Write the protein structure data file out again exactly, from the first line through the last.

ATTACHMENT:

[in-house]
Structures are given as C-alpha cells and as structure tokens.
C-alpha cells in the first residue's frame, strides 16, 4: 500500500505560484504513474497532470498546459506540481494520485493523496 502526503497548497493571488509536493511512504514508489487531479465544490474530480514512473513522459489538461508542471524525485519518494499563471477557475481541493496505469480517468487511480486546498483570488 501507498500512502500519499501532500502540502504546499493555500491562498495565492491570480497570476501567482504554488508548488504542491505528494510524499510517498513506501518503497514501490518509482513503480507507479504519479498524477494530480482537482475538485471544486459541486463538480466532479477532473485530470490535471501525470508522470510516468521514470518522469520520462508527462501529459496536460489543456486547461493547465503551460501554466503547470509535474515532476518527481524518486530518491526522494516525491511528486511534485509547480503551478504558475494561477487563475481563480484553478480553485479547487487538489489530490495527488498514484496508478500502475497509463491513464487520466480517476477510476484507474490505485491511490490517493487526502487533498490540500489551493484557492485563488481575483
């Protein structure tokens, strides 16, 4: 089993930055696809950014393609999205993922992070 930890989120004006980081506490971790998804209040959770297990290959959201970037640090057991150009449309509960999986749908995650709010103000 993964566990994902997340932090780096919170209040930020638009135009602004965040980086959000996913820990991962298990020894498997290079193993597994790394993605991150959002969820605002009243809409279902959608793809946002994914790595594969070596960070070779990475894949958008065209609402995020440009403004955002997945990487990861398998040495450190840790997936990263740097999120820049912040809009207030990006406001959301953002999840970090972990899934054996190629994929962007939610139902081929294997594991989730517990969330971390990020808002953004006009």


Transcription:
[in-house]
Structures are given as C-alpha cells and as structure tokens.
C-alpha cells in the first residue's frame, strides 16, 4: 500500500505560484504513474497532470498546459506540481494520485493523496 502526503497548497493571488509536493511512504514508489487531479465544490474530480514512473513522459489538461508542471524525485519518494499563471477557475481541493496505469480517468487511480486546498483570488 501507498500512502500519499501532500502540502504546499493555500491562498495565492491570480497570476501567482504554488508548488504542491505528494510524499510517498513506501518503497514501490518509482513503480507507479504519479498524477494530480482537482475538485471544486459541486463538480466532479477532473485530470490535471501525470508522470510516468521514470518522469520520462508527462501529459496536460489543456486547461493547465503551460501554466503547470509535474515532476518527481524518486530518491526522494516525491511528486511534485509547480503551478504558475494561477487563475481563480484553478480553485479547487487538489489530490495527488498514484496508478500502475497509463491513464487520466480517476477510476484507474490505485491511490490517493487526502487533498490540500489551493484557492485563488481575483
């Protein structure tokens, strides 16, 4: 089993930055696809950014393609999205993922992070 930890989120004006980081506490971790998804209040959770297990290959959201970037640090057991150009449309509960999986749908995650709010103000 993964566990994902997340932090780096919170209040930020638009135009602004965040980086959000996913820990991962298990020894498997290079193993597994790394993605991150959002969820605002009243809409279902959608793809946002994914790595594969070596960070070779990475894949958008065209609402995020440009403004955002997945990487990861398998040495450190840790997936990263740097999120820049912040809009207030990006406001959301953002999840970090972990899934054996190629994929962007939610139902081929294997594991989730517990969330971390990020808002953004006009």